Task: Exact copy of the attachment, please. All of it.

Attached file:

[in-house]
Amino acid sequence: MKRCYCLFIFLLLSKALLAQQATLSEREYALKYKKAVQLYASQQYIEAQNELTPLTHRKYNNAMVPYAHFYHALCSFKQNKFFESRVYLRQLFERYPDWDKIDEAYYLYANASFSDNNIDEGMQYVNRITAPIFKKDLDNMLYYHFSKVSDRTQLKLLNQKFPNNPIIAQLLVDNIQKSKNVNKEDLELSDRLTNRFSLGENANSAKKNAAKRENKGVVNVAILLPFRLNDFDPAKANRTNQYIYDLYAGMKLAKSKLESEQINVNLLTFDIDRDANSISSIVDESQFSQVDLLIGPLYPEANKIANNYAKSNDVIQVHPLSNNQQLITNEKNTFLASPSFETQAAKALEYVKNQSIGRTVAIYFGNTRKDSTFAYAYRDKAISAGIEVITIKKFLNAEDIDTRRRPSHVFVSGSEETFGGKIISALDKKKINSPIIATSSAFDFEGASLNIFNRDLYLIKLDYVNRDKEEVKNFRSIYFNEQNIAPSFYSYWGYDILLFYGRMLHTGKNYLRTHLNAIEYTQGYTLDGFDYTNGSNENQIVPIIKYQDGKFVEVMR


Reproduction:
[in-house]
Amino acid sequence: MKRCYCLFIFLLLSKALLAQQATLSEREYALKYKKAVQLYASQQYIEAQNELTPLTHRKYNNAMVPYAHFYHALCSFKQNKFFESRVYLRQLFERYPDWDKIDEAYYLYANASFSDNNIDEGMQYVNRITAPIFKKDLDNMLYYHFSKVSDRTQLKLLNQKFPNNPIIAQLLVDNIQKSKNVNKEDLELSDRLTNRFSLGENANSAKKNAAKRENKGVVNVAILLPFRLNDFDPAKANRTNQYIYDLYAGMKLAKSKLESEQINVNLLTFDIDRDANSISSIVDESQFSQVDLLIGPLYPEANKIANNYAKSNDVIQVHPLSNNQQLITNEKNTFLASPSFETQAAKALEYVKNQSIGRTVAIYFGNTRKDSTFAYAYRDKAISAGIEVITIKKFLNAEDIDTRRRPSHVFVSGSEETFGGKIISALDKKKINSPIIATSSAFDFEGASLNIFNRDLYLIKLDYVNRDKEEVKNFRSIYFNEQNIAPSFYSYWGYDILLFYGRMLHTGKNYLRTHLNAIEYTQGYTLDGFDYTNGSNENQIVPIIKYQDGKFVEVMR